Shakespeare is a persistent guy. The Philly Fringe Festival ended last weekend, but one show hangs on – his “King John,” a character-heavy plot about a fight between France and England, with the Catholic Church as a hard-nosed referee. There’s King John of England – the French want him to renounce his kingship. There’s Philip the Bastard, who has his own renouncing to do, plus war and other mayhem.
“King John” is produced by Revolution Shakespeare – the company’s third foray into the Fringe Festival and into South Philly’s Hawthorne Park, at Catharine between 12th and 13th Streets in the middle of a residential neighborhood. Even a familiar play is difficult to bring off in a park. This one is harder because it’s not well known, so you need to follow closely while planes fly overhead, girls sing loudly on the street a block away, a kid cries for a full half-minute near the open window of a house across the street and folks play basketball somewhere nearby.
None of this is anything Revolution Shakespeare can control – you can’t stop the city from happening. Still, the city is why a production in the park is so special – it doesn’t need to be a night of super-polished theater to work (although that’s a big help) because it’s not just a play but a community event. And a communal one for Revolution Shakespeare and the two other stage companies that stage Shakespeare in metropolitan Philadelphia parks, always for free. People bring blankets and lawn chairs and picnics and kids. Sometimes they bring texts of the play.
Despite the distractions to the audience and surely the actors, “King John” was a crowd pleaser the night I saw it. Someone – I assume the director, veteran theater artist and teacher Dan Kern – edited it down and mostly well; at one point toward the end, I missed some dialogue that would have revealed motivation, but that was minor. Some of the acting was very good – Kevin Bergen as King John, Carlo Campbell as Philip the Bastard, and in main roles of Ladies, Cathy Simpson and Adrienne Hertler. They all play roles with lots of meat on them, all the better for performing in the open where you have to play big to make it work.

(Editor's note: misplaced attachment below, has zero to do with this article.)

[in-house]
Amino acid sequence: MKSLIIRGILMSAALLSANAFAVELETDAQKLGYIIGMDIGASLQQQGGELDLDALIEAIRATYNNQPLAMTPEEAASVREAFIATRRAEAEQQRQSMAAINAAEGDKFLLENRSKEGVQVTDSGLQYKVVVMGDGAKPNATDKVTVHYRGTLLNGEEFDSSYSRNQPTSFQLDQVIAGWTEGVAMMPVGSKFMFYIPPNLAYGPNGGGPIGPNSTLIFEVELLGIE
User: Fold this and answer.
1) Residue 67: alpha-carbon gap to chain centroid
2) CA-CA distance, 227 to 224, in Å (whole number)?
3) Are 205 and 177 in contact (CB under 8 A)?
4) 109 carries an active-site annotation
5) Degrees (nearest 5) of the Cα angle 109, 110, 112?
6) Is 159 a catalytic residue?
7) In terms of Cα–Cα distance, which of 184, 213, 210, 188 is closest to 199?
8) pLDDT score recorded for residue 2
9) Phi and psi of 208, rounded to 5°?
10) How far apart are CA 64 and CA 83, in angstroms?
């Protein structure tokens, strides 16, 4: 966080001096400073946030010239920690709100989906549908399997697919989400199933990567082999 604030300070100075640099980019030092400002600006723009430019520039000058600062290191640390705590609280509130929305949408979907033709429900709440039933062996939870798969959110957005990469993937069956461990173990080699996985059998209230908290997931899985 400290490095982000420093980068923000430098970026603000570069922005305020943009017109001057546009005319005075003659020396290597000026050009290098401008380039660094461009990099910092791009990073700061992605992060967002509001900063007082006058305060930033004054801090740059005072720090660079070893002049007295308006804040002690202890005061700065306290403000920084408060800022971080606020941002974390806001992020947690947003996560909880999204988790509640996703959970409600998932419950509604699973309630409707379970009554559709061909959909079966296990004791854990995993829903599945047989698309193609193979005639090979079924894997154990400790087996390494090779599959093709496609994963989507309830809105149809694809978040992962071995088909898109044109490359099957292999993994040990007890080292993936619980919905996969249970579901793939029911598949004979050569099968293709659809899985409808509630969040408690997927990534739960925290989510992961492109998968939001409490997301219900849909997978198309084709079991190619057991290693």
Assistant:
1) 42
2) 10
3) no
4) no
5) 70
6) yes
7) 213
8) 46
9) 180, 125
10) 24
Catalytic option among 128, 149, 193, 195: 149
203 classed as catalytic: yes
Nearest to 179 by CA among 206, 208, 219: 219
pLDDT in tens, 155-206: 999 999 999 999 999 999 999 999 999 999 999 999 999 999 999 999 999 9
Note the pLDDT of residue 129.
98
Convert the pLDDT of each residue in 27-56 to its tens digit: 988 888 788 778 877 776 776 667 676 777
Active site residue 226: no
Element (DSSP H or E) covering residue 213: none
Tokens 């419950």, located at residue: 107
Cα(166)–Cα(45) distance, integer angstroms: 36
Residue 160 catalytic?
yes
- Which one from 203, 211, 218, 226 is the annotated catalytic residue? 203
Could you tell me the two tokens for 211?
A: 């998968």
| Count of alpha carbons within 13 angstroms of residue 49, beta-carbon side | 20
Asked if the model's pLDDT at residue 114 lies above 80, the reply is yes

This particular “King John” is supposed to be set after the world and its social conventions somehow cave in, a conceit that appeared to be dropped or not followed through. Another twist does work: Several of the cast members take roles and also play in a band that offers between-scenes commentary, both verbal and musical. (Christopher Colucci wrote the original music.) “We’re in a bloody mess – don’t you just hate politics?” asks vocalist Merci Lyons-Cox, who also plays a number of roles including Prince Henry. She could be talking about this campaign year, although she refers to another campaign that Shakespeare writes about.
Because “King John” is complicated with various allegiances that form and switch, you may want to juice up your smart phone and check, from time to time, with a plot summary during the show. You couldn’t do that in a regular theater, but it’s okay in an open park that serves as a temporary theater. Just make sure the screen isn’t shining toward the actors, or you’ll be an added distraction in a play that, for South Philly, is an added attraction.
__“King John,” produced by Revolution Shakespeare as part of the Philly Fringe Festival, runs through Oct. 1 at Hawthorne Park, 12th and Catharine Streets. The show is free. revolutionshakespeare.org. NOTE: The final performance Oct. 1 is moved to the Painter Bride Arts Center, 230 Vine St., beginning at 7:30 p.m.